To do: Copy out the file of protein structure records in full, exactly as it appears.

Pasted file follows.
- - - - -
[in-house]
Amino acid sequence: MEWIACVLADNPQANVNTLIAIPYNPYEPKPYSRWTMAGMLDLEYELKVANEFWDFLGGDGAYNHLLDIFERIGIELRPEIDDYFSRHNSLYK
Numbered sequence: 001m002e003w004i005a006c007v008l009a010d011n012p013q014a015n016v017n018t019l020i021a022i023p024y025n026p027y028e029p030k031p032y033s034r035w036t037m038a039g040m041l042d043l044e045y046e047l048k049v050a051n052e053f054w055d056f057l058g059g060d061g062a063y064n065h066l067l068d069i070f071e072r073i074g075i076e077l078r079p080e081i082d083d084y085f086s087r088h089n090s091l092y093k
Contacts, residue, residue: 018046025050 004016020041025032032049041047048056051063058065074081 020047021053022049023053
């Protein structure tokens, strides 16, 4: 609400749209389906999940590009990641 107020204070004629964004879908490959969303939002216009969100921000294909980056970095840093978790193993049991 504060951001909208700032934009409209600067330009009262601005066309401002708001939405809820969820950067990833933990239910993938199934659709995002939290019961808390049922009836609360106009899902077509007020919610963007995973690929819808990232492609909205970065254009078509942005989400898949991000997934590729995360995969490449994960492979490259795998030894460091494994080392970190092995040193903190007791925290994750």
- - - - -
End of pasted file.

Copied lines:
[in-house]
Amino acid sequence: MEWIACVLADNPQANVNTLIAIPYNPYEPKPYSRWTMAGMLDLEYELKVANEFWDFLGGDGAYNHLLDIFERIGIELRPEIDDYFSRHNSLYK
Numbered sequence: 001m002e003w004i005a006c007v008l009a010d011n012p013q014a015n016v017n018t019l020i021a022i023p024y025n026p027y028e029p030k031p032y033s034r035w036t037m038a039g040m041l042d043l044e045y046e047l048k049v050a051n052e053f054w055d056f057l058g059g060d061g062a063y064n065h066l067l068d069i070f071e072r073i074g075i076e077l078r079p080e081i082d083d084y085f086s087r088h089n090s091l092y093k
Contacts, residue, residue: 018046025050 004016020041025032032049041047048056051063058065074081 020047021053022049023053
């Protein structure tokens, strides 16, 4: 609400749209389906999940590009990641 107020204070004629964004879908490959969303939002216009969100921000294909980056970095840093978790193993049991 504060951001909208700032934009409209600067330009009262601005066309401002708001939405809820969820950067990833933990239910993938199934659709995002939290019961808390049922009836609360106009899902077509007020919610963007995973690929819808990232492609909205970065254009078509942005989400898949991000997934590729995360995969490449994960492979490259795998030894460091494994080392970190092995040193903190007791925290994750």